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Prob & Stats Ch.1

Chapter 1 Vocab and Concepts

Variable a characteristic or attribute that can assume different values
Data the values (measurements or observations) that the variables can assume
Random Variables Variables whose values are determined by chance
Data Set A collection of data values
Data Value (Datum) Each value in a data set
Statistics the science of conducting studies to collect, organize, summarize, analyze, and draw conclusions from data
Descriptive Statistics consists of the collection, organization, summarization, and presentation of data
Inferential Statistics consists of generalizing from samples to populations, performing estimations and hypothesis tests, determining relationships among variables, and making predictions
Probability the chance of an event occurring
Population consists of all subjects that are being studied
Sample a group of subjects selected from a population
Hypothesis Testing a decision-making process for evaluating claims about a population based on information obtained from samples
Qualitative Variables variables that can be placed into distinct categories, according to some characteristic or attribute
Quantitative Variables numerical variables that can be ordered or ranked
Discrete Variables variables which assume values that can be counted
Continuous Variables variables which can assume an infinite number of values between any two specific values. Obtained by measuring and often include fractions and decimals
Measurement Scales four common types of these scales are nominal, ordinal, interval, and ratio
Nominal Level of Measurement classifies data into mutually exclusive (nonoverlapping), exhausting categories in which no order or ranking can be imposed on the data
Ordinal Level of Measurement classifies data into categories that can be ranked; however, precise differences between the ranks do not exist
Interval Level of Measurement ranks data, and precise differences between units of measure do exist; however there is no meaningful zero
Ratio Level of Measurement possesses all the characteristics of interval measurement, and there exists a true zero. In addition, true ratios exist when the same variable is measured on two different members of the population
Four Basic Sampling Techniques Random, Systematic, Stratified, & Cluster
Random Samples selected by using chance methods or random numbers
Systematic Samples obtained through numbering each subject of the population and then selecting every nth subject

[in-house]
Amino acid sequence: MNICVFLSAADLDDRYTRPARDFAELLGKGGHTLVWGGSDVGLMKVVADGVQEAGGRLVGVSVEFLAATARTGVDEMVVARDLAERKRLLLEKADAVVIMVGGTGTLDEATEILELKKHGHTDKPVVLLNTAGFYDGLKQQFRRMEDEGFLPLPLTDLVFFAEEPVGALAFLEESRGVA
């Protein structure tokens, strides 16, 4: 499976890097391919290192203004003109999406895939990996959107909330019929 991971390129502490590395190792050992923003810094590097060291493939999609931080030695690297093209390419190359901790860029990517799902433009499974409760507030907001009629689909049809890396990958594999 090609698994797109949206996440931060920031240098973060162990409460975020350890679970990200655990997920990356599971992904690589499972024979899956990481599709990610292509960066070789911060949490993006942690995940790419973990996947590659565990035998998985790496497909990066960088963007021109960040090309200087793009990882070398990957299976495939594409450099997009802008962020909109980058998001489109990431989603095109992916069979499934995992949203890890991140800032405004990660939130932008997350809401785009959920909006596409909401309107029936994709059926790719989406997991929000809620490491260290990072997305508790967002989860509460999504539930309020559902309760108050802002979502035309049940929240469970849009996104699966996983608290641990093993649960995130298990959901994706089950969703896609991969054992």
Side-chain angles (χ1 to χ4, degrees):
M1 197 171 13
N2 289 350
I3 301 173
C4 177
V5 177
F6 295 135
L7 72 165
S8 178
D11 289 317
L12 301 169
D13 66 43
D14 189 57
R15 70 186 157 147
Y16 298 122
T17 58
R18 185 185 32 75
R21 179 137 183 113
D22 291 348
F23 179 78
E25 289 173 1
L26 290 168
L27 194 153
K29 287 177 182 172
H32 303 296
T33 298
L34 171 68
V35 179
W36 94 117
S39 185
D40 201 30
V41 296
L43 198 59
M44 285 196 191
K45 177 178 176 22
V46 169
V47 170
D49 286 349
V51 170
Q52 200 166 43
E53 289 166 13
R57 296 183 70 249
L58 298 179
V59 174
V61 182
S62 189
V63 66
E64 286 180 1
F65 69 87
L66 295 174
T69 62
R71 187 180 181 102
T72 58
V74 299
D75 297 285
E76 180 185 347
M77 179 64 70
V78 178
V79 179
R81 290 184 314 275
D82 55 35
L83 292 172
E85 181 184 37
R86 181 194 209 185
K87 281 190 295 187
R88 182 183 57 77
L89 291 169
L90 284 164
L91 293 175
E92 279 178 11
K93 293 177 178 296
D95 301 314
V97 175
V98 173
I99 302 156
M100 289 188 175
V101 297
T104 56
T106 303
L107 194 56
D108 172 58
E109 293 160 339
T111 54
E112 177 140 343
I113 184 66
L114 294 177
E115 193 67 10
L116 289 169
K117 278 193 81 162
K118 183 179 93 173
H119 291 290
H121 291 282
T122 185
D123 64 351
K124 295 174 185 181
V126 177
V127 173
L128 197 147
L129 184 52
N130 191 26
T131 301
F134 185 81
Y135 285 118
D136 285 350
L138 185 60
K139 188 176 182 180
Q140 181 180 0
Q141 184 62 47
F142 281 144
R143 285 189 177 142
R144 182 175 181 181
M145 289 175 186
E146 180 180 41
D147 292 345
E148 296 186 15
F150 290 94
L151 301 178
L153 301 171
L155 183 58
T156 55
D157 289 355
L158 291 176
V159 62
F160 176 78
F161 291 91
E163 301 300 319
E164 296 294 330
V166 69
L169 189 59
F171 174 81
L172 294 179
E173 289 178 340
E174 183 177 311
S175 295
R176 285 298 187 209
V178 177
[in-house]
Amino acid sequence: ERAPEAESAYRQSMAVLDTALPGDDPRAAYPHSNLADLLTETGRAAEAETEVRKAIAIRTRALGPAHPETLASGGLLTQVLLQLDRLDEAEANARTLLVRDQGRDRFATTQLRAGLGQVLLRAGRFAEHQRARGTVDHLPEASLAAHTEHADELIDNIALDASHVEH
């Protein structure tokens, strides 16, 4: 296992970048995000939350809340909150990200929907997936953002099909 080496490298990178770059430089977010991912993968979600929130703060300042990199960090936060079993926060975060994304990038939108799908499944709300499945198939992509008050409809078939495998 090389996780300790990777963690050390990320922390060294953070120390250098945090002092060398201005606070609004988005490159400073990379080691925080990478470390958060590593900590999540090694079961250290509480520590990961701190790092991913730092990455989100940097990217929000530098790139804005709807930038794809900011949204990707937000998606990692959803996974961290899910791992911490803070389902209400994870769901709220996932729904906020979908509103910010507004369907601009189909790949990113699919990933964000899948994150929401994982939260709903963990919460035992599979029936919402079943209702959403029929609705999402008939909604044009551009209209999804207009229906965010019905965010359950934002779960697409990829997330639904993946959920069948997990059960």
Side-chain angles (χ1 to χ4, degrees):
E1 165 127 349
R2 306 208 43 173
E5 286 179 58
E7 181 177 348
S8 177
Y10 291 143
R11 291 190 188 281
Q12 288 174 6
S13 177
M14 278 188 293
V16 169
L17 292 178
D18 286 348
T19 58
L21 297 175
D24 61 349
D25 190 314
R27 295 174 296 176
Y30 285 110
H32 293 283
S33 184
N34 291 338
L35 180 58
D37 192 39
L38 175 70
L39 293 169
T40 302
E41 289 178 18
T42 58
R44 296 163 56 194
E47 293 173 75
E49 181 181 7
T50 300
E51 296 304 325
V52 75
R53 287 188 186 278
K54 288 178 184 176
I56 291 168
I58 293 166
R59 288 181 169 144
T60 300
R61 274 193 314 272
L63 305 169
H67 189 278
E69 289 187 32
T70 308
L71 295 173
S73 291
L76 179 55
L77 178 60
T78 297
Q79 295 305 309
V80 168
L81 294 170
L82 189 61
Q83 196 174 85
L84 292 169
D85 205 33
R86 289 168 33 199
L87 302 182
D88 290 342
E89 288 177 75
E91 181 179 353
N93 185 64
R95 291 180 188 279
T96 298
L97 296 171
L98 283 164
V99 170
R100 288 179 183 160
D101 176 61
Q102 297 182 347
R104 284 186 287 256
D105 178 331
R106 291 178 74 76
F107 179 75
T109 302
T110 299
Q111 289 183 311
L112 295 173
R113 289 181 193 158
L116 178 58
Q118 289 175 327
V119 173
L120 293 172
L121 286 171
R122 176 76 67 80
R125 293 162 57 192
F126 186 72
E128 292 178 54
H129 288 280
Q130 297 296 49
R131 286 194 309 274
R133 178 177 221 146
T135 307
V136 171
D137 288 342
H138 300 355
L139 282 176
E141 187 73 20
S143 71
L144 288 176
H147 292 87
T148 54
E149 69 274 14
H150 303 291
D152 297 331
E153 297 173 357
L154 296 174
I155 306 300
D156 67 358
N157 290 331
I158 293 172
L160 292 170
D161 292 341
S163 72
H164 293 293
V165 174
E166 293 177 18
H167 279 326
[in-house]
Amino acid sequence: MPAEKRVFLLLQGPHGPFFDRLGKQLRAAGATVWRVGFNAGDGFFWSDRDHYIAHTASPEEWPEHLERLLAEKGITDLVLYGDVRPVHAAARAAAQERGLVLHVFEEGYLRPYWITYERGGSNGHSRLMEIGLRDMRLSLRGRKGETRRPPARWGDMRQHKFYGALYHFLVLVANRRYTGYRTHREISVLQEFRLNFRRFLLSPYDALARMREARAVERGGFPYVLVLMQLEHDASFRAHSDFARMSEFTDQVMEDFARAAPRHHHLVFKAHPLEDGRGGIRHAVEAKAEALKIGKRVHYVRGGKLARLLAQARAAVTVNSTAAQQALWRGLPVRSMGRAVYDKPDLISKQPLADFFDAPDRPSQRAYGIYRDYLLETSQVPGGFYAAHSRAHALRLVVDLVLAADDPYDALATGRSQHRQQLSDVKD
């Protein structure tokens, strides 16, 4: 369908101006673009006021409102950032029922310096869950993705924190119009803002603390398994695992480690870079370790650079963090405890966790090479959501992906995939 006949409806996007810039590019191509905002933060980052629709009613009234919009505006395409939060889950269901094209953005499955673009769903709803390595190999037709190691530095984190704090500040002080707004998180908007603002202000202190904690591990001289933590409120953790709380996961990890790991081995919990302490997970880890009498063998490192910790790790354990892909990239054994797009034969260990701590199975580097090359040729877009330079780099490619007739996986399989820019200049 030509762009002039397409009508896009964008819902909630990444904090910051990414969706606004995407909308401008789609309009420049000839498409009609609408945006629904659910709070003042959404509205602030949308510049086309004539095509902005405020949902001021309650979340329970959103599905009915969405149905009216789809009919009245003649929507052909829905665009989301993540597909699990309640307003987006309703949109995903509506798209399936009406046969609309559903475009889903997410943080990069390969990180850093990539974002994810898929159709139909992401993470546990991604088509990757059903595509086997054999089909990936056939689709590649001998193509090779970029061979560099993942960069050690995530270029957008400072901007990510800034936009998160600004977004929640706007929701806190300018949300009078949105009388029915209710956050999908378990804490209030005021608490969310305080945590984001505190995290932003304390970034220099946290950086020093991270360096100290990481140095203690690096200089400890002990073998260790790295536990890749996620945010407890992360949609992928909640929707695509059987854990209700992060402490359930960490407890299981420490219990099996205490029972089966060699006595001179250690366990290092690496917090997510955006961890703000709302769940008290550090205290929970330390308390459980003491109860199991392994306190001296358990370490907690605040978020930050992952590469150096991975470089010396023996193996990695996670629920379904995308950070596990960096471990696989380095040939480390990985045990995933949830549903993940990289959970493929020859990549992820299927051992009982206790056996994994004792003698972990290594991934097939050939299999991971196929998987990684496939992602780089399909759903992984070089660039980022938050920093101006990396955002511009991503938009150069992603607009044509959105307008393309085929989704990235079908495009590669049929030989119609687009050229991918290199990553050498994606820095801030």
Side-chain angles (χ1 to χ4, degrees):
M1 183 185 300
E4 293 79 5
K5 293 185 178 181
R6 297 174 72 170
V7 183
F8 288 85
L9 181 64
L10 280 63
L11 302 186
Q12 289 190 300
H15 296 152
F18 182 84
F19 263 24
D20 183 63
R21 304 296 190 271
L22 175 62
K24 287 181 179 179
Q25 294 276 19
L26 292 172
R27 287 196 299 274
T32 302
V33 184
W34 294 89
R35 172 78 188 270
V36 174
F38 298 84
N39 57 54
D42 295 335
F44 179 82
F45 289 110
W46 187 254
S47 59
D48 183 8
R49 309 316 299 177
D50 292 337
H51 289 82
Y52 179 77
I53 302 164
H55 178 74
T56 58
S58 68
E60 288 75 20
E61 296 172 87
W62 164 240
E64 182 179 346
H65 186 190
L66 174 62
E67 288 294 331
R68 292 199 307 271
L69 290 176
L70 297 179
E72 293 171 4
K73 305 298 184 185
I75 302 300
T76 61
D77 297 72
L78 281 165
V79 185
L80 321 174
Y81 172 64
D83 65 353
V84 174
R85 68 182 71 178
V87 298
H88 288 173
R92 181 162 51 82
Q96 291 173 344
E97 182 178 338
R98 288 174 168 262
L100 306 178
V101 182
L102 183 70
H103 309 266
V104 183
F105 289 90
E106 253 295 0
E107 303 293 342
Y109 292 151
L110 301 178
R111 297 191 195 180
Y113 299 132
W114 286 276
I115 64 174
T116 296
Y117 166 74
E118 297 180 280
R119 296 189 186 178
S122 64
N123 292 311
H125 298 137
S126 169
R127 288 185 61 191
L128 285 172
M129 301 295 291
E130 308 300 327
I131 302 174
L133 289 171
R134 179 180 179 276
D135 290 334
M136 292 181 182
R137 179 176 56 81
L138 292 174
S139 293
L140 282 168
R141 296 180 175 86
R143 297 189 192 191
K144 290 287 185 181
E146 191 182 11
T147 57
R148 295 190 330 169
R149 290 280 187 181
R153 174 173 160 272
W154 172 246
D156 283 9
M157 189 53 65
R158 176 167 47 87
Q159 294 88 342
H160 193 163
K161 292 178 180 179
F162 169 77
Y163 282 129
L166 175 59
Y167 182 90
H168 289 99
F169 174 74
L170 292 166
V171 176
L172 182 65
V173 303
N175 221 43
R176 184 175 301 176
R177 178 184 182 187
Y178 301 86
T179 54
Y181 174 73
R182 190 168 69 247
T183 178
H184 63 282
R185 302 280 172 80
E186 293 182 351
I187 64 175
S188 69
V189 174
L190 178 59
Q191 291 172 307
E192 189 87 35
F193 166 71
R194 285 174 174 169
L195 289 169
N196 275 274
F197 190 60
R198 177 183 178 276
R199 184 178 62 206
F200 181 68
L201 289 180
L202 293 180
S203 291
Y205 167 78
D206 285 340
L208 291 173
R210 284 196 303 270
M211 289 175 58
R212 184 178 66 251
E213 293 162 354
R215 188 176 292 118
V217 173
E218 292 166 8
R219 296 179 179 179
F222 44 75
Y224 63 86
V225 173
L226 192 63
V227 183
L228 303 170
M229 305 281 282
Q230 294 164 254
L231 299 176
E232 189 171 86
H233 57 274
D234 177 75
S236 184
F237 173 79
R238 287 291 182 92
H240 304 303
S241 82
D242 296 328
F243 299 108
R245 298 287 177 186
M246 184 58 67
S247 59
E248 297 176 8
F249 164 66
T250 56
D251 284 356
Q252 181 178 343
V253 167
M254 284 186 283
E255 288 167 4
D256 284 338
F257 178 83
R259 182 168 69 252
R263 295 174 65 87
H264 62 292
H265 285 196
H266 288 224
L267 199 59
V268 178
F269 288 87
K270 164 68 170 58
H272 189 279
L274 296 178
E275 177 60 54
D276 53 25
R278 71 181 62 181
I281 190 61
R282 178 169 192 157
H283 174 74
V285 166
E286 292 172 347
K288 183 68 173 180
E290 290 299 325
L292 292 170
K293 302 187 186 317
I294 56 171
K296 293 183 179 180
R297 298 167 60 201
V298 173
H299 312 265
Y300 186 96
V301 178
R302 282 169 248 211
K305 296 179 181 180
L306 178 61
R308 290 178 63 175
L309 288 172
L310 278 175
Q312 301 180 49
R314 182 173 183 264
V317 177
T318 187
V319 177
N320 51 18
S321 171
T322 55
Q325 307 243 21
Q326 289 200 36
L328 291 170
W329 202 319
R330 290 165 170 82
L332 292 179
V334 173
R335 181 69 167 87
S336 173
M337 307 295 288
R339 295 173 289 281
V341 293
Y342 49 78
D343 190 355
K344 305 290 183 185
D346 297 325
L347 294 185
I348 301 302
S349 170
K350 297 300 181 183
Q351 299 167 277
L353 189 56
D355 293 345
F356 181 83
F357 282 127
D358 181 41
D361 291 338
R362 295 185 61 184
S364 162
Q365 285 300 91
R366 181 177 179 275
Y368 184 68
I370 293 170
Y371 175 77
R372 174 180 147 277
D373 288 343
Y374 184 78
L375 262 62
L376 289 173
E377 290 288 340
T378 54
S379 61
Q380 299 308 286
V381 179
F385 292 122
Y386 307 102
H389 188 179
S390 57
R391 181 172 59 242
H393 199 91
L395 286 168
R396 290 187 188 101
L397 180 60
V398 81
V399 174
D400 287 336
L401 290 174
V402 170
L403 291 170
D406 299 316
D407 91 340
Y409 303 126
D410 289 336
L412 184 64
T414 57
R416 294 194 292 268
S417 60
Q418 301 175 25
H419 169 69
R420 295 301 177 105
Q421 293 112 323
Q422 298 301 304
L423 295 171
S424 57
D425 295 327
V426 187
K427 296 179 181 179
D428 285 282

Stratified Samples obtained by dividing the population into groups (called strata) according to some characteristic that is important to the study
Cluster Samples the population is divided into groups called clusters by some means such as geographic area or schools in a large school district, etc.
Convenience Sample uses subjects that are convenient
Observational Study the researcher merely observes what is happening or what has happened in the past and tries to draw conclusions based on these observations
Experimental Study the researcher manipulates one of the variables and tries to determine how the manipulation influences other variables
Quasi-Experimental Study when researchers use already intact groups if random assignment is not possible
Independent (Explanatory) Variable the variable being manipulated in an experimental study
Dependent (Outcome) Variable the resultant variable of an experimental study
Treatment Group the group that receives specific treatment in an experimental study
Control Group the group that receives no treatment in an experimental study
Hawthorne Effect discovered in 1924 when researchers found that the subjects who knew they were participating in an experimental study actually changed their behavior in ways that affected its results
Confounding Variable variable that influences the dependent/outcome variable but was not separated from the independent variable
Define statistics the science of conducting studies to collect, organize, summarize, analyze, and draw conclusions from data
Three examples of how statistics is used in everyday life. 1) Fields of human endeavor (2) Analyze results of a survey (3) Tool in scientific research to make decisions based on controlled experiments (4) Operations research, quality control estimation, & predictions
3 reasons to study statistics (1) Understand statistical studies (2) Conduct research, design experiments, make predictions, and communicate results (3) Become a better consumer
Branch areas of statistics Differential and Inferential. Differential statistics deals with the collection, organization, summarization, and presentation of data, whereas inferential statistics deals with generalizing from samples to populations and making predictions/inferences.
Examples of Variables Qualitative - gender, eye color, etc. Quantitative - age, height, weight. Discrete - #'s of something. Continuous - often decimals obtained by measuring.
Examples of each of the levels of measurement Nominal - Gender, Zip code, Eye color Ordinal - Competition rankings, a person's build, letter grades Interval -
Created by: tyjocun